Ah, Chris Dodd. It seems like every time he opens his mouth, he makes things worse. In an interview with the Hollywood Reporter, he responds to a series of questions about SOPA by trying to tiptoe around the issue, but basically admits that there are backroom conversations going on between a small number of people, and that “between now and sometime next year,” Hollywood and the tech industry will “come to an understanding.” He’s asked specifically if there are conversations going on now, and if the White House is pressuring folks to come to such “an understanding.”
THR: Are there conversations going on now?
Dodd: I’m confident that’s the case, but I’m not going to go into more detail because obviously if I do, it becomes counterproductive.
THR: Did you feel personally blindsided by Obama over SOPA?
Dodd: I’m not going to revisit the events of last winter. I’ll only say to you that I’m confident he’s using his good relationships in both communities to do exactly what you and I have been talking about.
Yes, you know why it would be “counterproductive” to go into more detail? Because he knows damn well that the problem with SOPA was that it was negotiated in the backrooms with private parties and no participation from the actual stakeholders: the public.
So, yes, admitting that you’re doing the same thing all over again would be counterproductive. You know what would be productive? Stopping this political backroom dealing crap, and finally coming out and having a public discussion. But he won’t do it, because Dodd is a coward and a DC-insider who only knows how to cut deals, not how to actually respond to the public’s best interests.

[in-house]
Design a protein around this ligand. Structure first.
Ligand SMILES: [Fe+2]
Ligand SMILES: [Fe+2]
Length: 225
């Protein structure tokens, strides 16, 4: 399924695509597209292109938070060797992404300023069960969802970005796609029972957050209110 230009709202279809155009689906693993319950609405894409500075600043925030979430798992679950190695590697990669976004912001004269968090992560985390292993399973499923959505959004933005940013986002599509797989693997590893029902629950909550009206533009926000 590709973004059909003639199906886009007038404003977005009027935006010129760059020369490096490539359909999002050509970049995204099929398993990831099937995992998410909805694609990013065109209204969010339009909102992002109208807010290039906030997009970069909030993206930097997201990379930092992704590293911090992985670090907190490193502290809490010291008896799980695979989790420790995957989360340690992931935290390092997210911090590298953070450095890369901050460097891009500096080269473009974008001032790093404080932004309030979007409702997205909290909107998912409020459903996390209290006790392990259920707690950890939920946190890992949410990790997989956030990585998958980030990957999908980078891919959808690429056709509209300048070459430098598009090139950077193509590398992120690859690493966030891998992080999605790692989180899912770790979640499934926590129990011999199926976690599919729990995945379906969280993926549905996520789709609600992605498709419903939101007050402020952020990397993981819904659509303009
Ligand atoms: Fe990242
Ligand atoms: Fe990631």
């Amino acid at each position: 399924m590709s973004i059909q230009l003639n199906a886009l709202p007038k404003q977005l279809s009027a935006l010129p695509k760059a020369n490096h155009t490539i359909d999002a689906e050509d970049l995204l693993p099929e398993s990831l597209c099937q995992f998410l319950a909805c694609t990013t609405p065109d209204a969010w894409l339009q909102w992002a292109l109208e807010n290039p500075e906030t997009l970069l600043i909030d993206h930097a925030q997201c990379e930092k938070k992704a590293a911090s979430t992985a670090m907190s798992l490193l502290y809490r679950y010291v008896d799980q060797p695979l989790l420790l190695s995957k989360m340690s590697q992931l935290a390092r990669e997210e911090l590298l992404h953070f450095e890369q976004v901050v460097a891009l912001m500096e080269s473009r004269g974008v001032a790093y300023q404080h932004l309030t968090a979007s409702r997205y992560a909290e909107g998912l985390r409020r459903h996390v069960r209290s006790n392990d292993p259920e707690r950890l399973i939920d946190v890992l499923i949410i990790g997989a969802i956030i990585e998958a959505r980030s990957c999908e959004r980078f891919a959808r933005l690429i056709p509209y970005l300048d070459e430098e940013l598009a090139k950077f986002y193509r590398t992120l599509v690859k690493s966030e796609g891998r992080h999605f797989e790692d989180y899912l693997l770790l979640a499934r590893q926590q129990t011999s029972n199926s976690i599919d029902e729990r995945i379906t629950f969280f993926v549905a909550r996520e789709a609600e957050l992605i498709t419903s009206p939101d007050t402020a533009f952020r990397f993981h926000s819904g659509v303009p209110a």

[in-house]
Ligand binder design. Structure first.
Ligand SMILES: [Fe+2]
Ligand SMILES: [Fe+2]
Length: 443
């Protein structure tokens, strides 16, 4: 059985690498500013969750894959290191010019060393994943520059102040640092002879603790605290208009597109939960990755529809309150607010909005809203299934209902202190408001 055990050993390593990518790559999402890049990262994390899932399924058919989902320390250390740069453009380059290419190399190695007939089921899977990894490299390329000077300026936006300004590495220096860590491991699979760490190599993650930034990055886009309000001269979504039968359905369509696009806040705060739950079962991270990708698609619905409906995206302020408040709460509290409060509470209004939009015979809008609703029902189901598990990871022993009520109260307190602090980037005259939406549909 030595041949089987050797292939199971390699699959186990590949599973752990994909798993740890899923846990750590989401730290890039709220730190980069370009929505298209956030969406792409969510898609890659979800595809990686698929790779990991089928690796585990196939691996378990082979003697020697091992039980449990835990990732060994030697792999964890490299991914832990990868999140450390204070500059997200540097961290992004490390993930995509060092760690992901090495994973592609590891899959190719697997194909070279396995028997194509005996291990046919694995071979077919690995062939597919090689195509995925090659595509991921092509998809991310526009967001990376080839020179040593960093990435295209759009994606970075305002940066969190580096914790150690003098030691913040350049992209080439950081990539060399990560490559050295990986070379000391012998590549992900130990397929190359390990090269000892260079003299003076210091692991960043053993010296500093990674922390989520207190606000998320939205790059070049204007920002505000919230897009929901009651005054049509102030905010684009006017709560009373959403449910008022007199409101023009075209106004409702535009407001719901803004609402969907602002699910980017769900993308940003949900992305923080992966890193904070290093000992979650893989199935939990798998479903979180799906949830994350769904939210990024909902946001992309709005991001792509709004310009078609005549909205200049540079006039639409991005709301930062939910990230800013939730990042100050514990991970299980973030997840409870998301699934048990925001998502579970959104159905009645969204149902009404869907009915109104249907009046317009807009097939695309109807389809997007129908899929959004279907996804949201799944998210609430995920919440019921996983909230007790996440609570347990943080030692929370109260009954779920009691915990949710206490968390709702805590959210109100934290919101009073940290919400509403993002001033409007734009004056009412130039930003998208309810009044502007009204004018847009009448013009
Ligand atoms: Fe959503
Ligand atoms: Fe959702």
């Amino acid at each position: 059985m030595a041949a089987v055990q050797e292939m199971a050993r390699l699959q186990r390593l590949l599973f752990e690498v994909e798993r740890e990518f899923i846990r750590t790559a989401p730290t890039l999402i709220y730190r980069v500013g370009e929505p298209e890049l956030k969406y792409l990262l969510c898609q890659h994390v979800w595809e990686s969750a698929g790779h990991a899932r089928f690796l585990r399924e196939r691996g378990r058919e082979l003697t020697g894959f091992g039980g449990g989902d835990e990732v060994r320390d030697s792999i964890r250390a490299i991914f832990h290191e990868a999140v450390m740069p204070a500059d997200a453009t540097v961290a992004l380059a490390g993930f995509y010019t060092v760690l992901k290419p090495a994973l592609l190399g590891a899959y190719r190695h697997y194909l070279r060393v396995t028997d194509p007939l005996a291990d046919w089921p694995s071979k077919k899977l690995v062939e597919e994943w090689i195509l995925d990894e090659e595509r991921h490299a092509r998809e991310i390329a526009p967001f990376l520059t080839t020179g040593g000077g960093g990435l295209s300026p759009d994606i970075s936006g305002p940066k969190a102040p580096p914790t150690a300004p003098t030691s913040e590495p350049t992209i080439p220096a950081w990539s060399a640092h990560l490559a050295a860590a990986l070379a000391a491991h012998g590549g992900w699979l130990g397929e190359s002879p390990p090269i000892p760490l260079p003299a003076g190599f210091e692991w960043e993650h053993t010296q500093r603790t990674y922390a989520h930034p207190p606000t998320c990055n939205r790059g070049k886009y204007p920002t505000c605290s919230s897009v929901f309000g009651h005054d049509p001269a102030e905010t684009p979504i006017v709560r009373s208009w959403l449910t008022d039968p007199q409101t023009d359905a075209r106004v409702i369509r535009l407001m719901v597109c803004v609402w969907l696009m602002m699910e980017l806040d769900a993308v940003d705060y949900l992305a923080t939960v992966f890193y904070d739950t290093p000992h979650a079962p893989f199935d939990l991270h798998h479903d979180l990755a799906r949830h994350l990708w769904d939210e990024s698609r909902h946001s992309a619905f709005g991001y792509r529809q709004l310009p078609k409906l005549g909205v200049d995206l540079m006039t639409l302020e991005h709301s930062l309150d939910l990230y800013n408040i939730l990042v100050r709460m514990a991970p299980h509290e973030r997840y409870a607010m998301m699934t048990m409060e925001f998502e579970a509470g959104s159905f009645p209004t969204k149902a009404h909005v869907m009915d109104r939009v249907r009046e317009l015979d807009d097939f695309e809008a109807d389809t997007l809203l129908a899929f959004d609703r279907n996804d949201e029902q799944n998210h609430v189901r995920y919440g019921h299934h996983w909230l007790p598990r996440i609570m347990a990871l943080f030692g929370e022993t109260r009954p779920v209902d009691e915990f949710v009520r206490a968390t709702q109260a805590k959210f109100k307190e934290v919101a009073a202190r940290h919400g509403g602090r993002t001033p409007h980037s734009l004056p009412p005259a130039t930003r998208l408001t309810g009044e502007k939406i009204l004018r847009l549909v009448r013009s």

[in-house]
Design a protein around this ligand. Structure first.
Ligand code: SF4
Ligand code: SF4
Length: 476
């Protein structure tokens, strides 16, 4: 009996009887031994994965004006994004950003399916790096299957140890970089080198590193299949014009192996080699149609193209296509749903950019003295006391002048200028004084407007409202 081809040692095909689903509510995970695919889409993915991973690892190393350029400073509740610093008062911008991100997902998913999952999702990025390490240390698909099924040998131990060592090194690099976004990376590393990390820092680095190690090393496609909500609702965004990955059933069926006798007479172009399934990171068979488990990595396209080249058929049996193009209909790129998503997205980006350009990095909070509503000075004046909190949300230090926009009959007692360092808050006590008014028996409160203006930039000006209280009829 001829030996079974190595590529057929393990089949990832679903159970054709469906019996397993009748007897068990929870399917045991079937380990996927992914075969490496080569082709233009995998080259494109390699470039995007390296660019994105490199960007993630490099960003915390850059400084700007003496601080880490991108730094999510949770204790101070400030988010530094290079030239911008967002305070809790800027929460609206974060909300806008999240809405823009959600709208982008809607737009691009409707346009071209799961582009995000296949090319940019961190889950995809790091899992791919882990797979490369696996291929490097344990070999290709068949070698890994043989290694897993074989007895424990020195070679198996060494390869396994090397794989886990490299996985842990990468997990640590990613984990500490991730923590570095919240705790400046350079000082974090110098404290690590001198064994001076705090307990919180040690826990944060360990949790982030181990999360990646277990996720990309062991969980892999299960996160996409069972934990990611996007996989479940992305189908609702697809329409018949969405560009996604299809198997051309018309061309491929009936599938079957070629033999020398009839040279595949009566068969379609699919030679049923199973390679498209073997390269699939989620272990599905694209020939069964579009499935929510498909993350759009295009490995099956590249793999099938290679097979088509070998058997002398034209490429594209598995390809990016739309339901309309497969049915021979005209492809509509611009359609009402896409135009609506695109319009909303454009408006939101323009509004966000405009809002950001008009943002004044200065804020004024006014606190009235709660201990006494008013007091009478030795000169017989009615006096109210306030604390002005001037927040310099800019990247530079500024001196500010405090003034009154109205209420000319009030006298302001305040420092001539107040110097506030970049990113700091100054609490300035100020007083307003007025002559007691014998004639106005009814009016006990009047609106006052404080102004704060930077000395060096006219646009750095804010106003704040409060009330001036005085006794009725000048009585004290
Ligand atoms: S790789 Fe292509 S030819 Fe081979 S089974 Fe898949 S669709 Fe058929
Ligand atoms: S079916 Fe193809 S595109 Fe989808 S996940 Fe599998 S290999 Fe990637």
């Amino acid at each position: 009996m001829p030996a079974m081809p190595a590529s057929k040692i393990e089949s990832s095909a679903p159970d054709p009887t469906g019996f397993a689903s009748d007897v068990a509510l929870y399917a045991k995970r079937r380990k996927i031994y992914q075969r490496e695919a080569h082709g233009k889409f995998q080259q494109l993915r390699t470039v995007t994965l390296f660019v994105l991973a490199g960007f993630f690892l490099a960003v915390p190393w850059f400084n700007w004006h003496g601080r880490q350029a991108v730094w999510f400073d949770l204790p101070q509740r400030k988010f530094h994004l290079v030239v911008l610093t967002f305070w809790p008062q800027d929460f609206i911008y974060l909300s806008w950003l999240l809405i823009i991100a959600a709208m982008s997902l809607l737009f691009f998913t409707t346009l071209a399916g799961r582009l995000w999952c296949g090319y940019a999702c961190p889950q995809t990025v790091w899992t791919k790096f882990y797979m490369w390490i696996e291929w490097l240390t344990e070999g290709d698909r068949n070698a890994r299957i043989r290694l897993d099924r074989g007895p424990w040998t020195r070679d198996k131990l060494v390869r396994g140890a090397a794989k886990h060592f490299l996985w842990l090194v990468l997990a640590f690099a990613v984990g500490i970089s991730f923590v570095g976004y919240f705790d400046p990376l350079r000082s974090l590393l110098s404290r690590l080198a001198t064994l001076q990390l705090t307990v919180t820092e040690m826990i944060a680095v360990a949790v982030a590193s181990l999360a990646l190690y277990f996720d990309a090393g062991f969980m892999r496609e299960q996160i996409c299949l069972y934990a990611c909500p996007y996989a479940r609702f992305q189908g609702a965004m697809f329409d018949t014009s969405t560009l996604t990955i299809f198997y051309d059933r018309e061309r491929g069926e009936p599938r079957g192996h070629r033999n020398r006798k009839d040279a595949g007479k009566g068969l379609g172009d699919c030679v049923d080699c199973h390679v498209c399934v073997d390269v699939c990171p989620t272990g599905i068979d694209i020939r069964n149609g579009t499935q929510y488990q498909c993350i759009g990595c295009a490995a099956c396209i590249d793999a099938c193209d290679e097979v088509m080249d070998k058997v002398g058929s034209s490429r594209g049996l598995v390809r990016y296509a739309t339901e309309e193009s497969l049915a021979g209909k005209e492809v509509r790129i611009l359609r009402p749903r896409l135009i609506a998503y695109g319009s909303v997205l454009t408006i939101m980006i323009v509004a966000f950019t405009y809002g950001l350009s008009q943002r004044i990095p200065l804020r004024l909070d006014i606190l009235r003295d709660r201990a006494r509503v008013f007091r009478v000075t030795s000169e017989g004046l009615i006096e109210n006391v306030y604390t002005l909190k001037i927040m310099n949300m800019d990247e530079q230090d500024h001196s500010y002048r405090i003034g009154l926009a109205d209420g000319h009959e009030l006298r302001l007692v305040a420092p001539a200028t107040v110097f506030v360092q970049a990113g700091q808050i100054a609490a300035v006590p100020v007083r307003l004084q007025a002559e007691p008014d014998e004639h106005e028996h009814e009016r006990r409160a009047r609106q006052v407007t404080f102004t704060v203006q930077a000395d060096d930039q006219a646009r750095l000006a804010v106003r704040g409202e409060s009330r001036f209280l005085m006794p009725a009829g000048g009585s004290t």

Later in the interview he trots out a nearly identicalline to the one he’s been using recently, about how he only just discovered that the movie industry wasn’t just about red carpets and movie stars.
There’s so much misunderstanding about this business. Before I started this job, I would have said it’s about Oscar night, red carpets, movie stars and glamorous lives. But there are 2.2 million people who get up every morning and work in this business. I think it’s unfortunate there isn’t a deeper understanding of how important this industry is to this country.
Not only does this sound ridiculous (and call into question why someone so clueless about the industry was given the top lobbying job for the industry), but it’s entirely false. 2.2 million people do not “get up every morning and work in this business.” As has been detailed many times, the actual number is less than 400,000 (and that’s from the Congressional Research Service), and the number of jobs for people who actually make movies is growing. The only real decrease has been in those who work at theaters — and that’s due to consolidation.